Police in Abbotsford are launching a new campaign called "It's a NO," aiming to crack down on technological sextortion and sexploitation of the city's youth.

Instead of sending sensitive or disturbing images, Abbotsford youth are being encourage to send a meme instead: the words "It's a NO" split around a large blue letter X.

Sending pictures and videos is as easy as a two or three-touch process on many smartphones; and police say it's a simple process that can lead to serious complications.

On the campaign's website, Abbotsford police quoted a recent study suggesting almost two-thirds of teenage girls have been asked to send someone intimate photos of themselves.

They also cite another study that said more than one-tenth of youth had forwarded a compromising picture without permission, and almost 10 per cent had a private image of theirs shared without permission.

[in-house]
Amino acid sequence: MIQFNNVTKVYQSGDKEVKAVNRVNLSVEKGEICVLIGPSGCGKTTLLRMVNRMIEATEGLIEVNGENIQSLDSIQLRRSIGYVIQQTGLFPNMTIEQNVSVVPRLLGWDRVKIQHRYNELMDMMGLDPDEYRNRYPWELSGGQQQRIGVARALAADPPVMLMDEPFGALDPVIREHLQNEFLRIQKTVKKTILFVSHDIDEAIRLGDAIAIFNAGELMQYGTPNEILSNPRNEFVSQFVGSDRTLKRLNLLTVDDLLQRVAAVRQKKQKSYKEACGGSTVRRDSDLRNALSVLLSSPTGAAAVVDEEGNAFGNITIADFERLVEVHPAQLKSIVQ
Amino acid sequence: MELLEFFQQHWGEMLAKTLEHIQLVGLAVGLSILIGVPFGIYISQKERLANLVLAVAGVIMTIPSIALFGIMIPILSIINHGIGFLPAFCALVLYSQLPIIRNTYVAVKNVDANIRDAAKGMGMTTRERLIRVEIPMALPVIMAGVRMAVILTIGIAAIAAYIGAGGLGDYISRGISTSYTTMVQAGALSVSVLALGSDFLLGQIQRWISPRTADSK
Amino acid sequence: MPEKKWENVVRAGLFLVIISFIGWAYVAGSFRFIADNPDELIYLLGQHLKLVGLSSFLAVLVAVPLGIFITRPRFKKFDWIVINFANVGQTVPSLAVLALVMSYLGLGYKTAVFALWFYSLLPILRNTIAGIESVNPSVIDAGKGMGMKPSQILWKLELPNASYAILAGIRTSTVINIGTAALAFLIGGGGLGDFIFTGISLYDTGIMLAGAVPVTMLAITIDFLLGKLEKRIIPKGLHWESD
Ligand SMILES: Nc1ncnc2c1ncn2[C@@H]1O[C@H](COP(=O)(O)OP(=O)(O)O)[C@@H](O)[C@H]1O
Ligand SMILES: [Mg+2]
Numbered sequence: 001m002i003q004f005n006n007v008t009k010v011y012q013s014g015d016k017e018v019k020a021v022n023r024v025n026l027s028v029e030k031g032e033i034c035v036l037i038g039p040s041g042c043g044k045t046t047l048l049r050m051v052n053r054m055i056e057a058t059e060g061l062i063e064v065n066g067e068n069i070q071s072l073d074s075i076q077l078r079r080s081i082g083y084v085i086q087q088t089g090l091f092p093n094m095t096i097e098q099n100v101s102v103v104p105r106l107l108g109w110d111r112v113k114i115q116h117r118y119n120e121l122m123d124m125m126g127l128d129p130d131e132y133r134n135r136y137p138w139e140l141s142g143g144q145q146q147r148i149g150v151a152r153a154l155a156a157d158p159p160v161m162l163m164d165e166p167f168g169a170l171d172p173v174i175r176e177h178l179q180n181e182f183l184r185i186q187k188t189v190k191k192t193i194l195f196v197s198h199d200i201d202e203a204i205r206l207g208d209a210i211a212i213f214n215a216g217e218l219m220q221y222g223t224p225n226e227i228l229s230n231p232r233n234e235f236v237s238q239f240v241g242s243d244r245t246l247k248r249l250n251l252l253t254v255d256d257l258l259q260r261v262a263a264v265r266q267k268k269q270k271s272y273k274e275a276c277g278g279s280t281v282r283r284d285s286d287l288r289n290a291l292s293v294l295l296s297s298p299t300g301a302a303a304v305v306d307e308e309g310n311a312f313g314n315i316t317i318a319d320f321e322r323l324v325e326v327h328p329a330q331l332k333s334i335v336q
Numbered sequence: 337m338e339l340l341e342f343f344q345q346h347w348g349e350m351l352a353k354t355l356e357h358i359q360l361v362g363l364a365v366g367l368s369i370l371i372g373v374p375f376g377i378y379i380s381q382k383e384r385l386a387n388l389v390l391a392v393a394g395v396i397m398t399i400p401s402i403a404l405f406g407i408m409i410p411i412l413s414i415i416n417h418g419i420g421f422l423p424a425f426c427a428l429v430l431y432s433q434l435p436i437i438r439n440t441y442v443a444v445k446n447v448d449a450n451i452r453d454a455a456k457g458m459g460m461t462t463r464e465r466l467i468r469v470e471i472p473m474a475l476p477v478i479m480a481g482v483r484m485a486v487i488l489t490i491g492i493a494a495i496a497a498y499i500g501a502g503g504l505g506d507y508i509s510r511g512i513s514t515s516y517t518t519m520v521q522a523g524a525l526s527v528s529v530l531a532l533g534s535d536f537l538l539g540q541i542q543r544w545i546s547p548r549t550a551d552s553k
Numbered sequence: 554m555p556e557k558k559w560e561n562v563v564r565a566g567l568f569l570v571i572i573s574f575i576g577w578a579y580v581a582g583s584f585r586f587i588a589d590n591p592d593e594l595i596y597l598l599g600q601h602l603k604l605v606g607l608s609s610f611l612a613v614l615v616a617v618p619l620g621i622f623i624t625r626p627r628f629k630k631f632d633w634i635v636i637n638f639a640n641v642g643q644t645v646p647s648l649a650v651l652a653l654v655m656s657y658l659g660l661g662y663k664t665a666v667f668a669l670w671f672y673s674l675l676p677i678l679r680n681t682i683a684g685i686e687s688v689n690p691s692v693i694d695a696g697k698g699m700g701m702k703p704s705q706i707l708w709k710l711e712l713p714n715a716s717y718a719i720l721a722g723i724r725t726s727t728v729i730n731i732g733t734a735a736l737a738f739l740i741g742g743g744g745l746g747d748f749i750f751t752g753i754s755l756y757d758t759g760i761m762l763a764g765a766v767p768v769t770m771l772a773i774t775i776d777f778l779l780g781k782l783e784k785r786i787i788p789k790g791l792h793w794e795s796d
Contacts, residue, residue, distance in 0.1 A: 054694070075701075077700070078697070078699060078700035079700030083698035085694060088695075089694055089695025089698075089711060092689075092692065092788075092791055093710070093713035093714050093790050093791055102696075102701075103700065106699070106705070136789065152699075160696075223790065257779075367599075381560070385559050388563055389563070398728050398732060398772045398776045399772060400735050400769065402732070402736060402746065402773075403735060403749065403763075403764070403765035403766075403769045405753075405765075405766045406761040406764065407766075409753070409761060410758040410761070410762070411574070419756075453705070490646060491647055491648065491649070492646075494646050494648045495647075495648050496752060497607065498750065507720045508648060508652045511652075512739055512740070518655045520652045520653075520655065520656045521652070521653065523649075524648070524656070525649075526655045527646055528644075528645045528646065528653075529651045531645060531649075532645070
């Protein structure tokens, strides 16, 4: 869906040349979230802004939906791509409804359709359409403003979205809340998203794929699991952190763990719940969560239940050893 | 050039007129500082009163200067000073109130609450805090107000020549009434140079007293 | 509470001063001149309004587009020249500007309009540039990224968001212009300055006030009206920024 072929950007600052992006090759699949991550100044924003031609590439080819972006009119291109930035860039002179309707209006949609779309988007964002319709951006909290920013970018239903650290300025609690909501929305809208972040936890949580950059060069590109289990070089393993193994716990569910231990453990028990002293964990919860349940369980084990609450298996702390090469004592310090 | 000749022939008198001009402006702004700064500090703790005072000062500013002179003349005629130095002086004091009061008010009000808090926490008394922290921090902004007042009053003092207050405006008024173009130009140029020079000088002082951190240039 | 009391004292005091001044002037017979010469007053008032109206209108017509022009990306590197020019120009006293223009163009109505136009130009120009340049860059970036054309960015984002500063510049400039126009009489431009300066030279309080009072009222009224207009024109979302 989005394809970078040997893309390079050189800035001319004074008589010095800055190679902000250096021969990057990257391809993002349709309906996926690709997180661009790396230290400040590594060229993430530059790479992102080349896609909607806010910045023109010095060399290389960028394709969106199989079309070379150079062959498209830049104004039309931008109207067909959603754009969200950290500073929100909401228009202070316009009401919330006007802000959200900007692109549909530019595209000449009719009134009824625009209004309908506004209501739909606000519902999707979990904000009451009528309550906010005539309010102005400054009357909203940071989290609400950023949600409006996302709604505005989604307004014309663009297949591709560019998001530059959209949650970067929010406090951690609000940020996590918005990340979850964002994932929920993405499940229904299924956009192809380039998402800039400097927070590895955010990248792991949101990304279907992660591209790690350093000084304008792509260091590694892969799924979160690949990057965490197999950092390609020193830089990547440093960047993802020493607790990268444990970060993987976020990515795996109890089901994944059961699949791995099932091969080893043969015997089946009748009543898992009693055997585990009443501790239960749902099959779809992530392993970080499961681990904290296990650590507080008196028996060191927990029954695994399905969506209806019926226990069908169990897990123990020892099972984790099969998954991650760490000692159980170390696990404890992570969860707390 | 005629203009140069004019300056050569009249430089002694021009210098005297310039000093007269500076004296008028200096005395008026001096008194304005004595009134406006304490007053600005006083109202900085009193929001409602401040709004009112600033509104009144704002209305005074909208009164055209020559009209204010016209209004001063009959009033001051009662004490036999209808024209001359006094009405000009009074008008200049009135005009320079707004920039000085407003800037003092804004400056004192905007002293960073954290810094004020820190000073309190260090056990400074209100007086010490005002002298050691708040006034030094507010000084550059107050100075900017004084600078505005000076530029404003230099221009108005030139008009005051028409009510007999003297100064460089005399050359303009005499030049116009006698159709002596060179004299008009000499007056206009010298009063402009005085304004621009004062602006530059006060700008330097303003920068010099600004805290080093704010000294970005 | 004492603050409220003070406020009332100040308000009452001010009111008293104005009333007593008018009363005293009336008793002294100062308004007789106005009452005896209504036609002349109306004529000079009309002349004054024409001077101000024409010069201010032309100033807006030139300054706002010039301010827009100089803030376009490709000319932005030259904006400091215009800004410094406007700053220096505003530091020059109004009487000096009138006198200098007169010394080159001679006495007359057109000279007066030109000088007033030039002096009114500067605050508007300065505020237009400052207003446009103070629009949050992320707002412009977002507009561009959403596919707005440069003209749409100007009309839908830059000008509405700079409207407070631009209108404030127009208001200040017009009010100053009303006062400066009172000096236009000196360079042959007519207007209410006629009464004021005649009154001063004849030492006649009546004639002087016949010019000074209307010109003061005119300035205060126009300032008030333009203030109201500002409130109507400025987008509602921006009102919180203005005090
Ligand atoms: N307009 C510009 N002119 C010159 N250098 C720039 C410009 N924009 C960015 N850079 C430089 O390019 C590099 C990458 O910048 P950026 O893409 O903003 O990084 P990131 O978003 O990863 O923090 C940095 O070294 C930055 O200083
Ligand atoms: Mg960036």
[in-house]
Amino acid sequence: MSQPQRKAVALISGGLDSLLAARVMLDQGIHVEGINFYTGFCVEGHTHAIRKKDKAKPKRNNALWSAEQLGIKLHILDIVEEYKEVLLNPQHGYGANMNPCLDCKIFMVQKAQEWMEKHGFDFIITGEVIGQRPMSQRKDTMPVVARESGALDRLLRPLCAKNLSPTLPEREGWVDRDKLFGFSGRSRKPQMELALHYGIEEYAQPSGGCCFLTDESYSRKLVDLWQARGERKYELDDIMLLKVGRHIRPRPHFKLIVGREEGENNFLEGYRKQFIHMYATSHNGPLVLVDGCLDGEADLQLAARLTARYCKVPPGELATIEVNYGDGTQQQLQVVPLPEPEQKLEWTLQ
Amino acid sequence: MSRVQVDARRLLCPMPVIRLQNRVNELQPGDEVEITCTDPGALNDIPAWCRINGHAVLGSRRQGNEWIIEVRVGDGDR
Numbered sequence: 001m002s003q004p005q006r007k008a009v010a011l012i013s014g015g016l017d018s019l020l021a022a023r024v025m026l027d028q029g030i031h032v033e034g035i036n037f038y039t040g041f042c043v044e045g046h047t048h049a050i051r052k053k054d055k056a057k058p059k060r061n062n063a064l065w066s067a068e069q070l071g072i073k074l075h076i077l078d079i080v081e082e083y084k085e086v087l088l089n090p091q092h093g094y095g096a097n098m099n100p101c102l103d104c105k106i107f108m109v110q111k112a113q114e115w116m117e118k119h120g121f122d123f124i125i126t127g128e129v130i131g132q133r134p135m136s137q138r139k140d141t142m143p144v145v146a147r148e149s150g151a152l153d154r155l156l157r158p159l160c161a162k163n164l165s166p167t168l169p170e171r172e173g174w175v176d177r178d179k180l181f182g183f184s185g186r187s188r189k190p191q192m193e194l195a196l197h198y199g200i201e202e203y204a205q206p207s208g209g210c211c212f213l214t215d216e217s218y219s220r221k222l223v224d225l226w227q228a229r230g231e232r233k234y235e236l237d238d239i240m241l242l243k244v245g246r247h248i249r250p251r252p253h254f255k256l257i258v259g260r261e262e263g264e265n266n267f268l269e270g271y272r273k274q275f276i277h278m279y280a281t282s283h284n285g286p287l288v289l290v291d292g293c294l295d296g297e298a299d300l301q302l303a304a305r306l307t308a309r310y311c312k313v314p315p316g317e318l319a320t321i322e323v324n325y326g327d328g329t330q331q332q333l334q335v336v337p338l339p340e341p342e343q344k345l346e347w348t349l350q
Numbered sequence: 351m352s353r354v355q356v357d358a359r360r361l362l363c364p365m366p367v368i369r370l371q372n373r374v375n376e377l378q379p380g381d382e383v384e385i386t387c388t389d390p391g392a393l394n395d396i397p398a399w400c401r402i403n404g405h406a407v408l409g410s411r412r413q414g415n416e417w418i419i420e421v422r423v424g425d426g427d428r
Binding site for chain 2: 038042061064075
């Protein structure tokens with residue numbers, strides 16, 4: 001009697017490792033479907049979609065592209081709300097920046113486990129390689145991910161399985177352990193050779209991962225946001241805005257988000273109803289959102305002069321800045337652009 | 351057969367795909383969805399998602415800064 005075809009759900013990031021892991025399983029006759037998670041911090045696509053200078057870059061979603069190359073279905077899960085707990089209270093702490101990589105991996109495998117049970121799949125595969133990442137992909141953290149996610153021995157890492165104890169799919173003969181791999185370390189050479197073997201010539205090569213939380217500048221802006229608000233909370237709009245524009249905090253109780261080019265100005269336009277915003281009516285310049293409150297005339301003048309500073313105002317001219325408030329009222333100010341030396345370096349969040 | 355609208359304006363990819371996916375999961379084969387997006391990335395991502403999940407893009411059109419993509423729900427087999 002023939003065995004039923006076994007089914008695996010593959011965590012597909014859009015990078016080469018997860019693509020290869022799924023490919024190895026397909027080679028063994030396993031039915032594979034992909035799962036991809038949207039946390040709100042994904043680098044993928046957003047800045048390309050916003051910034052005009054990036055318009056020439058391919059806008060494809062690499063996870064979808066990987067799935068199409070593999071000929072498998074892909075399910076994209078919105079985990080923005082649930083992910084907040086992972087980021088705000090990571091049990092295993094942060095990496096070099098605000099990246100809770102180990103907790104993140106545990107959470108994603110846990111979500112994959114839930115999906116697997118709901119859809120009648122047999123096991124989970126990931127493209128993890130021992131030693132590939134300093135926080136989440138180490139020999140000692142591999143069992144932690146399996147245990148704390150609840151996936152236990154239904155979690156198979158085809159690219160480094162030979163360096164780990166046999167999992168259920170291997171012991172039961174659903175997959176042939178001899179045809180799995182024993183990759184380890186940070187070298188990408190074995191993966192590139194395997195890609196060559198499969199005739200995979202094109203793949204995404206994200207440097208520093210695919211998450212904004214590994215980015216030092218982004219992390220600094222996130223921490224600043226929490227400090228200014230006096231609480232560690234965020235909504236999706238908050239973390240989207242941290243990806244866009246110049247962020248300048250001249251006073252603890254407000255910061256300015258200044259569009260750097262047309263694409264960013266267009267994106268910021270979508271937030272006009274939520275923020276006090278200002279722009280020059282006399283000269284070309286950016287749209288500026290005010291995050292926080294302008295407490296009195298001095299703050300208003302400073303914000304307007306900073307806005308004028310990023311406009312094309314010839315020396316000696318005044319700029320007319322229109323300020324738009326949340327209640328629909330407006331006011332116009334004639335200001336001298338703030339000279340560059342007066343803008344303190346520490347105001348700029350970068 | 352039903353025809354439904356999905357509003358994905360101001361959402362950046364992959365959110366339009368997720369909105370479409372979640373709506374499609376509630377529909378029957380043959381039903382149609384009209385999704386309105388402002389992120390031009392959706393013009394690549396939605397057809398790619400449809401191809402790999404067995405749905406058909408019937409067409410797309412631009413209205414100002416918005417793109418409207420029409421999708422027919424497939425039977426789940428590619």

Police suggest peer pressure, harassment, entertainment, threats of harm and promises of affection are significant factors pushing kids and teenagers to send sexts or sensitive images online.

"It is difficult to comprehend the amount of pressure that many of our youth experience through their digital presence," said Community Policing Sgt. Kelly Joiner.

In a video created for the campaign, a person can be seen texting someone, requesting pictures from a supposed sender, before the video fades to black.

The campaign's "It's a NO" message appears around a blue "X" next, and the 26-second video ends with a strong reminder:  "Your photos are forever, whether you want them to be or not."

More info about the campaign, as well as the video, can be found here.